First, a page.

Full disclosure: this post’s less about the anime and more about the me. Well, okay, most of my posts end up being more about myself than anime, but this one’s especially going to be more journal-like. Somewhere along the way, this anime blog became more of a feelings blog, probably because I don’t have as much time to dissect anime as I used to…
I’m fizzling out a bit at the moment. I’ve been thinking a more about why it is I started this blog in the first place. I wrote a big thing on the topic a little while ago, but apparently that wasn’t enough to get out all my thoughts on the subject.
Yeah, I think fiction is important and brings people closer, which is what I wrote about before, but still, was that really what drove me to write in the first place? Yeah, I love doing this and I’m super thankful for the audience I have, but like, damn, I would love to get paid…
Time-management is hard. I never really understood the whole, “there aren’t enough hours in the day” thing until I got a full-time job with an hour commute. There are so many things I want to do, and just not enough time to do them. Even when I do have time to do things, usually all I want to do is sleep. It becomes really discouraging – there are lots of things I want to accomplish, and lots of hobbies I want to pursue, but I just can’t find the time to fit them into my day.
However, though it is a colossally shitty feeling, it’s also a very common one.
Specifically, I feel like the whole, “ew I’m an adult with a life” thing comes up a lot when it comes to fandoms, whether it be anime, video games, music, movies, whatever. You reach a certain point in your life when keeping up with all the trends just isn’t feasible anymore. Maybe you want to make fanart, maybe you want to run a successful blog, maybe you want to make a podcast, or maybe you just want to find the time to watch all of Legend of the Galactic Heroes. Finding time is hard, and it can make you feel like the things you enjoy doing are slipping away, especially if you feel this constant need to keep up with everyone else.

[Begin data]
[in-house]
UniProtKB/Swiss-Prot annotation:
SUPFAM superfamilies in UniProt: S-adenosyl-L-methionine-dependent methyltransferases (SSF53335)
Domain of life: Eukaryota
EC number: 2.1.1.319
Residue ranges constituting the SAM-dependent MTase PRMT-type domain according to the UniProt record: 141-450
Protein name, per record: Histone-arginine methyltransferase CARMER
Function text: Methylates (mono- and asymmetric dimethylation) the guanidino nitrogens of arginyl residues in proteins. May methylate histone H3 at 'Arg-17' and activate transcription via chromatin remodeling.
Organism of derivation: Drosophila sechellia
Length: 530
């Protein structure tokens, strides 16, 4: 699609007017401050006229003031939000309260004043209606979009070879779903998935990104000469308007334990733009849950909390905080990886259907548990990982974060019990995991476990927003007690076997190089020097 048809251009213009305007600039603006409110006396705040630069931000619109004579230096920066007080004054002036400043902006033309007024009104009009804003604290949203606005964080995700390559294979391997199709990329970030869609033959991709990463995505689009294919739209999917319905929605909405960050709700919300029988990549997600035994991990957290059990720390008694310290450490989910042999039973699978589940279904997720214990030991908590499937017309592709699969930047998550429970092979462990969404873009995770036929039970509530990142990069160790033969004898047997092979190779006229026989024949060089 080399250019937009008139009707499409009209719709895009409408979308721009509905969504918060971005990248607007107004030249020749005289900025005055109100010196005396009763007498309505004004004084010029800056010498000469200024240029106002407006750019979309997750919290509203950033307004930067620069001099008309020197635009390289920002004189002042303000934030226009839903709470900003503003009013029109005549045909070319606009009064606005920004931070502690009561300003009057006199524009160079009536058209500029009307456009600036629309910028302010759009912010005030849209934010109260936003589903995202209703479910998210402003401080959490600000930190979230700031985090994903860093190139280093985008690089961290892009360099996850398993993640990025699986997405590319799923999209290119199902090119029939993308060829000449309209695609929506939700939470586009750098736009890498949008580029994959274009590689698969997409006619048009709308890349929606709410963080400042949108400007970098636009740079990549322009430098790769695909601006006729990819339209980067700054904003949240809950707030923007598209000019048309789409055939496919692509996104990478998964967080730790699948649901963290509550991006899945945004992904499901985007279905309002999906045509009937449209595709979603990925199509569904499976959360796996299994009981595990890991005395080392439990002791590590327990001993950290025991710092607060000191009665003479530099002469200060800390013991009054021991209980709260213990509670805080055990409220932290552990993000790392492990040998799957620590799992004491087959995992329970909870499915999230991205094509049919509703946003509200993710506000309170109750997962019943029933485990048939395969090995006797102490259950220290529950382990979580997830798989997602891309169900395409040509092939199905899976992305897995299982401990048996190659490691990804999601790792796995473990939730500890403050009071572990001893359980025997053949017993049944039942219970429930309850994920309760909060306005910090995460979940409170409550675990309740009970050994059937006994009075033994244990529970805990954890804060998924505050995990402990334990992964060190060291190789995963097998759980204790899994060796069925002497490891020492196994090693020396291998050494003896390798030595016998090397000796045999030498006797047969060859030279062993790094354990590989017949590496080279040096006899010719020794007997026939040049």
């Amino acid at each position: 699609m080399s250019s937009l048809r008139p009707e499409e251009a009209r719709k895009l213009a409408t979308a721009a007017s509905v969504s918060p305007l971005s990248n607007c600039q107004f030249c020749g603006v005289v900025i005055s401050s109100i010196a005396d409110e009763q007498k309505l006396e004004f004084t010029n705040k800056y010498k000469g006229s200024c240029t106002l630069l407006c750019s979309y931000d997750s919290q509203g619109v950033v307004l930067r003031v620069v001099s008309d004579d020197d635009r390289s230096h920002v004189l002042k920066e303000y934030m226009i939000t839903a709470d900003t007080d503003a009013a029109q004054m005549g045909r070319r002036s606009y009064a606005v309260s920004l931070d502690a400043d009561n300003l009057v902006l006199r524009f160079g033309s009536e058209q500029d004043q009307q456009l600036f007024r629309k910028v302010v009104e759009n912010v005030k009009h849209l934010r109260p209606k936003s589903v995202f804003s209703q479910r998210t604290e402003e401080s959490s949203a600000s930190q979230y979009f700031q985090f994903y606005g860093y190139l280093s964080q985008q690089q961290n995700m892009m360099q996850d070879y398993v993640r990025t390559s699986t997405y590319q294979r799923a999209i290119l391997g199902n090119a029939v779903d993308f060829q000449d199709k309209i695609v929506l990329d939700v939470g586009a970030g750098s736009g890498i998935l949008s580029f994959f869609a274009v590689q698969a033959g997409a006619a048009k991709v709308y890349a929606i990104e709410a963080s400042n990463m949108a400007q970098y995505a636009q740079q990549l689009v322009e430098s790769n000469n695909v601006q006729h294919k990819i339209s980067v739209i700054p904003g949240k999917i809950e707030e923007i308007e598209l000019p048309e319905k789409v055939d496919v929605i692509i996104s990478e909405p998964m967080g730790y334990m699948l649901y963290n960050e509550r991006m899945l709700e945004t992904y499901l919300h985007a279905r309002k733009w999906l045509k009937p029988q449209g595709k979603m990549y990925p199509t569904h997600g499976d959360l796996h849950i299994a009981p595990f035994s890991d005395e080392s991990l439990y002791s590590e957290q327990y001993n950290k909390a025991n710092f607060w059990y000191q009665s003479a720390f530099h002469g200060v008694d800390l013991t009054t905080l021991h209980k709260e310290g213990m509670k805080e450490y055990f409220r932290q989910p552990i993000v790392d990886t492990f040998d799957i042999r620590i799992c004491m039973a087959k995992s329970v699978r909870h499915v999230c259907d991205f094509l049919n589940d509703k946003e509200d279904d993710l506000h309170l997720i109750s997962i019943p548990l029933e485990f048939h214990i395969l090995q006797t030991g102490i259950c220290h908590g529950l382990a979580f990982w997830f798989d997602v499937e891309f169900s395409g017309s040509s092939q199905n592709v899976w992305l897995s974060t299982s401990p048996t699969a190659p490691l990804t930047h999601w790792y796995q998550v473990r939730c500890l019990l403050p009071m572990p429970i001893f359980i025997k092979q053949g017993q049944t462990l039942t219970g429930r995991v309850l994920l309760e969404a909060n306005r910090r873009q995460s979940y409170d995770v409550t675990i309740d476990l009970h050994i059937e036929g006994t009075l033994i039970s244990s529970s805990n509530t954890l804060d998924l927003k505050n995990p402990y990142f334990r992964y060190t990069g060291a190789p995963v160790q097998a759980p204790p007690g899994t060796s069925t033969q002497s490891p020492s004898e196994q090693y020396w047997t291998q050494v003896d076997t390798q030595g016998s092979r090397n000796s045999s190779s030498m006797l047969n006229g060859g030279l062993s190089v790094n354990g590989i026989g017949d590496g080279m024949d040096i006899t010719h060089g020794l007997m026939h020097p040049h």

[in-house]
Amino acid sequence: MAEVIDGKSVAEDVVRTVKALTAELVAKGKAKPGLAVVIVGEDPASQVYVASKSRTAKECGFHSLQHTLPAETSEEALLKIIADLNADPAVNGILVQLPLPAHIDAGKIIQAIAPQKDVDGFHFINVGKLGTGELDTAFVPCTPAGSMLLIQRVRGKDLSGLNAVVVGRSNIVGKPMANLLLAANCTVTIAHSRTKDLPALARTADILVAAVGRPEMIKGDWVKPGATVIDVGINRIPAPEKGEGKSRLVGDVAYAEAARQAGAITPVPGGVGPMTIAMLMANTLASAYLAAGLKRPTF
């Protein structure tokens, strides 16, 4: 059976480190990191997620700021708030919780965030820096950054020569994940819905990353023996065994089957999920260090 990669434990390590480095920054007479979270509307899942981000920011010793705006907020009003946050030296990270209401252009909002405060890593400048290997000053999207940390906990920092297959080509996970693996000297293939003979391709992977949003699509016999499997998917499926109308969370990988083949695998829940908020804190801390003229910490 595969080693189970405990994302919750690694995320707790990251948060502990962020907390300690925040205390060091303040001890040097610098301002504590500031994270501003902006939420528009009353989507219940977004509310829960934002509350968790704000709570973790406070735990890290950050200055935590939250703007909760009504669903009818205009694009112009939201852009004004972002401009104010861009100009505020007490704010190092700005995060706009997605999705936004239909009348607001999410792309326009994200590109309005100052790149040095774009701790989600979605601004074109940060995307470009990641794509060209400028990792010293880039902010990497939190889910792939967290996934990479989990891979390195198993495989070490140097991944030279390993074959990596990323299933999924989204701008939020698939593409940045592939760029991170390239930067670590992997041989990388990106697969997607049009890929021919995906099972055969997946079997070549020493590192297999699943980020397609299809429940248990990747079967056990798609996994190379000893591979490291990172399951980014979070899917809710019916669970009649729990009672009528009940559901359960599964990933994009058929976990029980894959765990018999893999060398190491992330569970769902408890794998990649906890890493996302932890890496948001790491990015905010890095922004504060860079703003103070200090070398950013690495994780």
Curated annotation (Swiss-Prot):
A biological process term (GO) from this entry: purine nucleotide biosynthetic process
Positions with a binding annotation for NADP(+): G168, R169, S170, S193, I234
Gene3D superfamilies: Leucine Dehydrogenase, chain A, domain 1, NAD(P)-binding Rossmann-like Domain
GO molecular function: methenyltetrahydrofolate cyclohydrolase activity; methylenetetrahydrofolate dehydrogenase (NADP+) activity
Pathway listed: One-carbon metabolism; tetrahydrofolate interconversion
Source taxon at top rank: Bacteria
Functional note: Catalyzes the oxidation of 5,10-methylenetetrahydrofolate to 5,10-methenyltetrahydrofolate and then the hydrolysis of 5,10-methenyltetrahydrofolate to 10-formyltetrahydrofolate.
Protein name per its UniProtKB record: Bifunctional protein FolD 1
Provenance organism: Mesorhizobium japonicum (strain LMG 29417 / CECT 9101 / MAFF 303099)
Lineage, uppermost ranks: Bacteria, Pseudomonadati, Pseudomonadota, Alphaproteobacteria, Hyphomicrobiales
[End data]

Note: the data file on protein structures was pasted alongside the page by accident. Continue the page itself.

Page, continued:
Sometimes you have to take a break from things you love. It’s just how it is. It feels weird, but it’s totally normal, and totally okay.
I’ve seen a lot of hiatus posts that are overwhelmingly apologetic, and I completely understand where they come from. I am very, very bad at letting myself take breaks, and I have a tendency to feel guilty for taking time for myself in any capacity. Which is silly, because, hello! We’re all people! We all need rest! It’s only natural. All that being said, you don’t need to tell apologize or feel bad about all that!
Why, oh why, does Love Live! make us suffer by naming its idol group μ’s? I have to copy and paste that stupid symbol every time. These girls have no business being this pretentious – they’re a fucking school idol group, not a noise-rock group. There’s no way the Love Live! scoreboards/websites supported that special character. For the first few weeks, I can almost guarantee their name came up as � ‘s on the competition’s website. That’s probably why A-RISE was always ahead of them…behind the scenes, the site runners were getting tired of having to only use fonts that supported Greek characters.
A few weeks ago, I read the excellent PopLurker article “I Fist-Fight Sesame Street,” and it got me thinking. Which fictional group of characters could I fist-fight? And, more importantly, which group of characters deserves to be beat up? Then it hit me (pun intended): μ’s deserves to be beat up. I love them, but I have a lot of pent-up rage from every time I had to Google “greek symbol muse” so that I could write about these little turds.
I’m not the strongest girl, but I am 5”9’ and can do exactly one push-up on a good day, so I can probably take most of them on. They work-out regularly and are probably in better shape than me, but they’re also all children, so I’m confident that my grownass fist could do them in.
If there’s one thing Amanchu does remarkably well, it’s realistically portray the pure bliss of adolescent friendship. Teko and Pikari are oblivious to any Real World Issues, and spend their days having spontaneous barbeques and diving, all while subtly teaching each other to be better versions of themselves. Pikari helps ease Teko’s anxiety, while Teko teaches Pikari to dial it back a bit. All is well in their idyllic, teenage world.